Early years providers from across Northamptonshire meet tonight about late payment fiasco

Childminders and nursery owners from across Northamptonshire are meeting tonight about a county council payment fiasco which has left many providers out of pocket.

Monday, 4th February 2019, 5:19 pm
Updated Thursday, 7th February 2019, 8:39 pm
Childminder Lynn Haycocks says she does not know whether she will receive her payments from one month to the next.

Scores of early years providers from across the county were paid wrongly by the county authority last week and now face the uncertainty of when the money owed to them will be handed over.

The county council, has said the problems have been caused by issues with its payment system.

This latest payment issue follows a number of problems last year.

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Now in a bid to try and form a collective response to Northamptonshire County Council the providers are gathering at a nursery in Northampton.

Former teacher Lynn Haycocks, who is a childminder from Great Oakley, said the whole system is a mess and she does not know from month to month if she will get paid correctly. She was underpaid last week by £500.

She said: “Each month we all hold our breath to see if we will get paid on the day they say, and then the amount that we have claimed. We have all worked the hours in advance and so this is money due to all providers and can put many behind in other areas, wages for staff, mortgages, rent, etc.

“People are depending on the money due to them and we can not do much about it when it goes wrong.”

Early years childcare is funded by the government. Families qualify for up to 30 hours of free childcare depending on their circumstances and their child’s age.

The government gives the childcare funds to the county council which then passes on the sums to the early years providers.

At the start of each term the providers enter the details for each child on to the county council’s system portal system and then are paid in arrears at the end of each month.

Mrs Haycocks said there are often problems in the month following the start of the term.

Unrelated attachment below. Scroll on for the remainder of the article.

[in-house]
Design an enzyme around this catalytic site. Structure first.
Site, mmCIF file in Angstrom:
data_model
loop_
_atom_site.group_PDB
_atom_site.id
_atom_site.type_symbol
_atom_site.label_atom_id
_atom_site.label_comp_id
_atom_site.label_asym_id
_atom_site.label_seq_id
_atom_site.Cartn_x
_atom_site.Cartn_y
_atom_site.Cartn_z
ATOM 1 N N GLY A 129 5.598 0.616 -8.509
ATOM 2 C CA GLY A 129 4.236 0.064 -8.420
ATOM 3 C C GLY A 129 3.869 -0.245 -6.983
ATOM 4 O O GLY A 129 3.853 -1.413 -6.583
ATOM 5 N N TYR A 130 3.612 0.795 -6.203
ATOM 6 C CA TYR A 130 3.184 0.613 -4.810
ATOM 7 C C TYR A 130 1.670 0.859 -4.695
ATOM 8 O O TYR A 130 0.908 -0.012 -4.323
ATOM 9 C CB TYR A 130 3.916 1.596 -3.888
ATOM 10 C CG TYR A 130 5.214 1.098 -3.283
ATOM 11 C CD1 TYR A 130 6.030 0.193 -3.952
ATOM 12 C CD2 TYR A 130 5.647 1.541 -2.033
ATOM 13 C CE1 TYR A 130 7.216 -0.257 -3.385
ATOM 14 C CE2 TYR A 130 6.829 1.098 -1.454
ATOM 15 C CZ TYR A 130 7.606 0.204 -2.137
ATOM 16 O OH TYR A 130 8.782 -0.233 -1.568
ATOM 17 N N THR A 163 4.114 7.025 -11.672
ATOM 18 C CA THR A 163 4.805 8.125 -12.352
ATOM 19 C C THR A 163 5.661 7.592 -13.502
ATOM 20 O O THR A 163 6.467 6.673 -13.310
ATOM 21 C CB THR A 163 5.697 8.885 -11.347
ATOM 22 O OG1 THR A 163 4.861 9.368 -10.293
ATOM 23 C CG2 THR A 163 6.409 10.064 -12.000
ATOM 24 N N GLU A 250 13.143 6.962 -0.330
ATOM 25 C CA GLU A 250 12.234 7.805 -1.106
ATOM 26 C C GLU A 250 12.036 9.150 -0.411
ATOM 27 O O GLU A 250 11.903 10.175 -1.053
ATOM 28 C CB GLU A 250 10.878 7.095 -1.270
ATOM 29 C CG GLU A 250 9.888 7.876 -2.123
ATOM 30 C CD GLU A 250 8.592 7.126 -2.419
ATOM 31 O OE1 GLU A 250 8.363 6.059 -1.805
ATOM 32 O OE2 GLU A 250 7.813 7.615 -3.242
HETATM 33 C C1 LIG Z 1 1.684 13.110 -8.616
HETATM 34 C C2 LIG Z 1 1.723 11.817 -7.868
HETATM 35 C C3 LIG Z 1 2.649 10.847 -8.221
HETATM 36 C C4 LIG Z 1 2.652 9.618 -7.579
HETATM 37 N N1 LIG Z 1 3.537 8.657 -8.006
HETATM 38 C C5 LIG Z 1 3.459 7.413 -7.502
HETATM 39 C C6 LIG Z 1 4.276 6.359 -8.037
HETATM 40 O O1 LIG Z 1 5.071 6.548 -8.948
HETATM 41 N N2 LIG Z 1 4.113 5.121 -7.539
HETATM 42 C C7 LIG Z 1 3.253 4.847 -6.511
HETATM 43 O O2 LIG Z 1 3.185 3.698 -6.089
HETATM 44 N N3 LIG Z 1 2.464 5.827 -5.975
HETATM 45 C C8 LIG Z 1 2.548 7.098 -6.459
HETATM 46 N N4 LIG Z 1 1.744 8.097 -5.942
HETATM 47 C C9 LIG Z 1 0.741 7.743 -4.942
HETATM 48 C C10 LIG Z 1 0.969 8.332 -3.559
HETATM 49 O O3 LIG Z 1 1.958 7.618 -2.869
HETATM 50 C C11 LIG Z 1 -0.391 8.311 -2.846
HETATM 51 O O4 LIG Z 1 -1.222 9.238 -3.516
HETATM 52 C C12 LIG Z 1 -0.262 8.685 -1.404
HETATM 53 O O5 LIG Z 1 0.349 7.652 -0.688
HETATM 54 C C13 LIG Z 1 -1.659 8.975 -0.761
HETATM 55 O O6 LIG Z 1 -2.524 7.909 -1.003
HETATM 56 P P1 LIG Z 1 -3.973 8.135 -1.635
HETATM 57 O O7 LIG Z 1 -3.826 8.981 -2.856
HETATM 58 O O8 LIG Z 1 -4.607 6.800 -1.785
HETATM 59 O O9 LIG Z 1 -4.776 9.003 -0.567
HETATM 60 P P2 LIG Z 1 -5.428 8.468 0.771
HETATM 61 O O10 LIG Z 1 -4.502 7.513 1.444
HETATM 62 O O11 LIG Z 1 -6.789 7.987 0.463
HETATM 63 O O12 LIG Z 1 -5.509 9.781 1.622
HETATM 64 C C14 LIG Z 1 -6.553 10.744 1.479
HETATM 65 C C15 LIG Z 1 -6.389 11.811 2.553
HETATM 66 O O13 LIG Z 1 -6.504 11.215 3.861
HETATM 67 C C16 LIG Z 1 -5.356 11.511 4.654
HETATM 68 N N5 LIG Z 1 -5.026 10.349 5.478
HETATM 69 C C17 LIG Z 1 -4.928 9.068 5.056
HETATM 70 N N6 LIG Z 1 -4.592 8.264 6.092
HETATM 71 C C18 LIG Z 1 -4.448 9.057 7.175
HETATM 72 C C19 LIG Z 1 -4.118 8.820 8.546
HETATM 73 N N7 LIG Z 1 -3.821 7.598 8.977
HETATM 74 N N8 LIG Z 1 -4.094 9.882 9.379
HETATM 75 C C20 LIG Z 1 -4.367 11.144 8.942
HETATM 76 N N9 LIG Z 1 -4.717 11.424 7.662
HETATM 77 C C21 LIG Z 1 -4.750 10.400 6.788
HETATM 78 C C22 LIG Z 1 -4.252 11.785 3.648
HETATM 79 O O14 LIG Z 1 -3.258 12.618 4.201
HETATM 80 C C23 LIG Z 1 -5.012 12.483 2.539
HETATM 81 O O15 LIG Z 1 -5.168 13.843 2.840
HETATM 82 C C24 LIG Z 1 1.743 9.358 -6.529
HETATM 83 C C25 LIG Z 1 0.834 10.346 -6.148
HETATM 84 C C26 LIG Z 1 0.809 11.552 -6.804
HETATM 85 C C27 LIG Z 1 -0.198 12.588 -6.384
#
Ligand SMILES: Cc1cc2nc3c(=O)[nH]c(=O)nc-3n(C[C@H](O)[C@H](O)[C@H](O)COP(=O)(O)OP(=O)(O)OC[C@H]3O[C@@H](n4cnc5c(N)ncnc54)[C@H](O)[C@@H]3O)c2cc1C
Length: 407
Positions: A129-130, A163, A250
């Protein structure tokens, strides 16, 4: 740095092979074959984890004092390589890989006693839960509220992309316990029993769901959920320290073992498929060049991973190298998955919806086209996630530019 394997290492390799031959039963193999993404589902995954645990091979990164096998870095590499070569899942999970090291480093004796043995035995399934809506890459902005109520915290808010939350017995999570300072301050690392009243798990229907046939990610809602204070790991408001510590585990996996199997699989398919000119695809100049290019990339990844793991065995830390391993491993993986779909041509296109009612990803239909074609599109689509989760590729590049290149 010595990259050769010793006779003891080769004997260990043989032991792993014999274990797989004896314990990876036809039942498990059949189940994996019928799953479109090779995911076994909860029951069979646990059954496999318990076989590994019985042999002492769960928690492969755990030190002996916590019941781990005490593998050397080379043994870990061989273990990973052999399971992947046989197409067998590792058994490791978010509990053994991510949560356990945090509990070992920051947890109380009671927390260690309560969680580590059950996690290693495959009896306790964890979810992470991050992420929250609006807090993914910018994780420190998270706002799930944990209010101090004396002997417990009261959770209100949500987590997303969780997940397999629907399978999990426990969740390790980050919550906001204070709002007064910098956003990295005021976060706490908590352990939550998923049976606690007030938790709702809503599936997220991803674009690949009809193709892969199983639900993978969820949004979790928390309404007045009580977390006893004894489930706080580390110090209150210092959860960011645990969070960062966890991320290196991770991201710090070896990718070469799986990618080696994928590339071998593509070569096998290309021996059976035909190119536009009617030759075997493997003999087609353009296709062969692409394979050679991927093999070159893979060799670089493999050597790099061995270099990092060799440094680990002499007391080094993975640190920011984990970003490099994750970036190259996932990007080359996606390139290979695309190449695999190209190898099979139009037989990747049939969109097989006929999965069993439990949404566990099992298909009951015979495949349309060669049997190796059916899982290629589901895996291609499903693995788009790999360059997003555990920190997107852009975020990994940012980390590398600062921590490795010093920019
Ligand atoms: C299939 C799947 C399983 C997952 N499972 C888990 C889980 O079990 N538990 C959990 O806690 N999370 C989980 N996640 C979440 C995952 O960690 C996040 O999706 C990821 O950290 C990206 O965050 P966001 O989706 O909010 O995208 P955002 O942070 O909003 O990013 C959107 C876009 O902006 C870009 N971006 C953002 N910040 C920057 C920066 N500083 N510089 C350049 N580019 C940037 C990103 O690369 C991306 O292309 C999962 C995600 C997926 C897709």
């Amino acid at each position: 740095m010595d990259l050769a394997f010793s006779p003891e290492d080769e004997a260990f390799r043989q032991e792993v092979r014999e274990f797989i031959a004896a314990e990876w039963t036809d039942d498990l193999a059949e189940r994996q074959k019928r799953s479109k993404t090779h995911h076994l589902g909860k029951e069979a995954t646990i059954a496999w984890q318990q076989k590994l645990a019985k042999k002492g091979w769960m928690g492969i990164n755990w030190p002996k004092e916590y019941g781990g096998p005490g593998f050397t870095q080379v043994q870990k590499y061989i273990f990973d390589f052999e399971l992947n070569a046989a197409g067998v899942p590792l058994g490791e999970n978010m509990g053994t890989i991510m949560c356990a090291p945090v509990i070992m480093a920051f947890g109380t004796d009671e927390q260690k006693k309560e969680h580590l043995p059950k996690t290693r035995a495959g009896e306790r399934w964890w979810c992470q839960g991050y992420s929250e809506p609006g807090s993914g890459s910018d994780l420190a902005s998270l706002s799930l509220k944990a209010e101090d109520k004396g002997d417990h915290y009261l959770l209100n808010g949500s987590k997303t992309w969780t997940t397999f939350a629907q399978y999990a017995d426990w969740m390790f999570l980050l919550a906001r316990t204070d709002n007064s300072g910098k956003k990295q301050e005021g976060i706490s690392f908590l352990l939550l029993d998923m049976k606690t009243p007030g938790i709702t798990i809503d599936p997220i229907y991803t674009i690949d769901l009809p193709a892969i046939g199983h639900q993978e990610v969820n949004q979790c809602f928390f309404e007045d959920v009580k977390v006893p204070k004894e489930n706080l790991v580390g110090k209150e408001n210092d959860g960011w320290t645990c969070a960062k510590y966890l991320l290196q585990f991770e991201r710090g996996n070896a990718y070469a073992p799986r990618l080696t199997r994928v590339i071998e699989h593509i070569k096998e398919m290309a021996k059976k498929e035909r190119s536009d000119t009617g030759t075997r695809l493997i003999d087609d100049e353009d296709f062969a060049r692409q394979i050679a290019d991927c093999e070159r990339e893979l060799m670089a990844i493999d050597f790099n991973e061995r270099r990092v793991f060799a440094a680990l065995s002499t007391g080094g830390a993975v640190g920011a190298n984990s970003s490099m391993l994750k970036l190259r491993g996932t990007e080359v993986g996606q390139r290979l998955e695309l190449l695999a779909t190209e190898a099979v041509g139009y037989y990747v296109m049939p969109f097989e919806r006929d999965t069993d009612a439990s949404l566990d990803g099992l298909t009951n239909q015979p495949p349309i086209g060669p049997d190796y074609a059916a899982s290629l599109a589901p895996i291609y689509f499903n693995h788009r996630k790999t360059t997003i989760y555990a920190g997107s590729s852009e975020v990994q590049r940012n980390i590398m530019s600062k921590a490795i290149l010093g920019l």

She said she was paid late in September and the overdue amount was paid in increments in October and November.

She said: “I am caught. We have to offer funded places because parents obviously want it. If I didn’t offer the funded places people would go elsewhere.

“We are extremely worried about what is going on.”

The providers are given a remittance advice at the end of each month by the council but it is not broken down per child and so they often have to spend time calculating just where the underpayment lies.

The department does not have a phone number so email is the only way to contact the council and Mrs Haycocks said a personal response is often not given.

A spokesman for Northamptonshire County Council said it was dealing with problem.

They said: “Significant work is taking place to resolve the ongoing issues with the provision of Early Years Funding and the majority of historic issues have largely been resolved.

“Further work will include a complete review and audit of existing administration processes and systems as well as improving correspondence channels, including face to face and telephone support.”

Chairman of the scrutiny committee at Northamptonshire County Council Mick Scrimshaw said he had asked for a formal response from the children’s department. The department is being overseen by Government-appointed commissioner Malcolm Newsam after a recent Ofsted inspection found serious failings in the department.

Cllr Scrimshaw said: “As a large public sector organisation Northamptonshire County Council should not have these problems.

“It seems reasonable that the county council should put someone up to liaise with those who have been affected. People should not have to jump through hoops and feel like they are banging their head off a brick wall.”